Beware: Privileged Insiders Will Give Up the Crown Jewels

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Each and every day, the news is full of stories re-counting the substantial, and often overwhelming, effects that today’s technology has on the way people live and work. Terms such as Artificial Intelligence (AI) and the Internet of Things (IoT) are fast becoming everyday verbiage, and plans for their deployment are landing high on the agenda of business leaders – whether they like it or not.

Headlines warning of cyber-attacks and data breaches are just as common. Attackers are everywhere: on the outside are hackers, organized criminal groups and nation states, whose capabilities and ruthlessness grow by the day; on the inside are employees and contractors, causing incidents either maliciously or by accident.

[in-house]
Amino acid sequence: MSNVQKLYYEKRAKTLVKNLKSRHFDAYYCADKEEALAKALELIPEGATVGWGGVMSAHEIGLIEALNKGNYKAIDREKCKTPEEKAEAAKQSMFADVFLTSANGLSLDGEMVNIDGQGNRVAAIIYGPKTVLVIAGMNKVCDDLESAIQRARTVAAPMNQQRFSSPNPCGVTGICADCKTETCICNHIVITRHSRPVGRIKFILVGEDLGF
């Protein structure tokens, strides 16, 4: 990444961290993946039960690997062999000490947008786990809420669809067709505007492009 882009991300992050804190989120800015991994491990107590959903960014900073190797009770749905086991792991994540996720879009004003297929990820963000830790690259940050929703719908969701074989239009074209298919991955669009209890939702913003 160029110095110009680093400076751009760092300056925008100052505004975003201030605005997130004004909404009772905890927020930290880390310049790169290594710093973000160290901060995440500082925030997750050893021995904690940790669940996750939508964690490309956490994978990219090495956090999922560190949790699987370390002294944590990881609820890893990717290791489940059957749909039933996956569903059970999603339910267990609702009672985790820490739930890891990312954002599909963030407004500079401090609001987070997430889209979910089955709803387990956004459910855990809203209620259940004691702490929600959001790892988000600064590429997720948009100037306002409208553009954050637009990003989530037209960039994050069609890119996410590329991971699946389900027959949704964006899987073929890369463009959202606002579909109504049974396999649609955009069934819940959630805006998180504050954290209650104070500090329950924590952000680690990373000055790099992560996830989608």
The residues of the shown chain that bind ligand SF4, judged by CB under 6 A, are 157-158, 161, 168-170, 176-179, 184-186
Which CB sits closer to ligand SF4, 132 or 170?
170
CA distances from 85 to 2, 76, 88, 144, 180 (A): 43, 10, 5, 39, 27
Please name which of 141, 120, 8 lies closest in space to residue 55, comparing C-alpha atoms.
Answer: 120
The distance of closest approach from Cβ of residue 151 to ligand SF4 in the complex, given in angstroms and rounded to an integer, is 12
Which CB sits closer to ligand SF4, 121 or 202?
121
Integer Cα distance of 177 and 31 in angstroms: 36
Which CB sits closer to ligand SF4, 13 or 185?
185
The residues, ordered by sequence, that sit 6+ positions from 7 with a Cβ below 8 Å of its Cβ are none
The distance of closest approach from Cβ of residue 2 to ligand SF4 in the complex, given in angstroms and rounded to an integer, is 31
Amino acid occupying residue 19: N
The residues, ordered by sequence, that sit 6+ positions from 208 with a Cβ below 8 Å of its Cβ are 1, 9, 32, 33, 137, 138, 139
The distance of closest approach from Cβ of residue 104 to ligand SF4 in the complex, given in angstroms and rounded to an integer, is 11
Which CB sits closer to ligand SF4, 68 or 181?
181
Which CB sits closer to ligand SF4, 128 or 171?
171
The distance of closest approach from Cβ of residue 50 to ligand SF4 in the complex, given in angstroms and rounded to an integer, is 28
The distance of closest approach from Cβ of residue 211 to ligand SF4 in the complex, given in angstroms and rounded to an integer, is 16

Business leaders are left feeling uncertain about the way forward. The dilemma is often unambiguous: should they rush to adopt new technology and risk major fallout if things go wrong, or wait and potentially lose ground to competitors?

Determining your mission-critical information assets

For centuries, organizations have been acquiring, producing, leasing, licensing and selling assets. Accounted for in financial statements, these assets represent an organization’s wealth and financial stability. This makes them vulnerable to theft and fraud. As a priority organizations should focus on those assets that are of the highest value and risk – commonly referred to by business leaders as the “crown jewels”.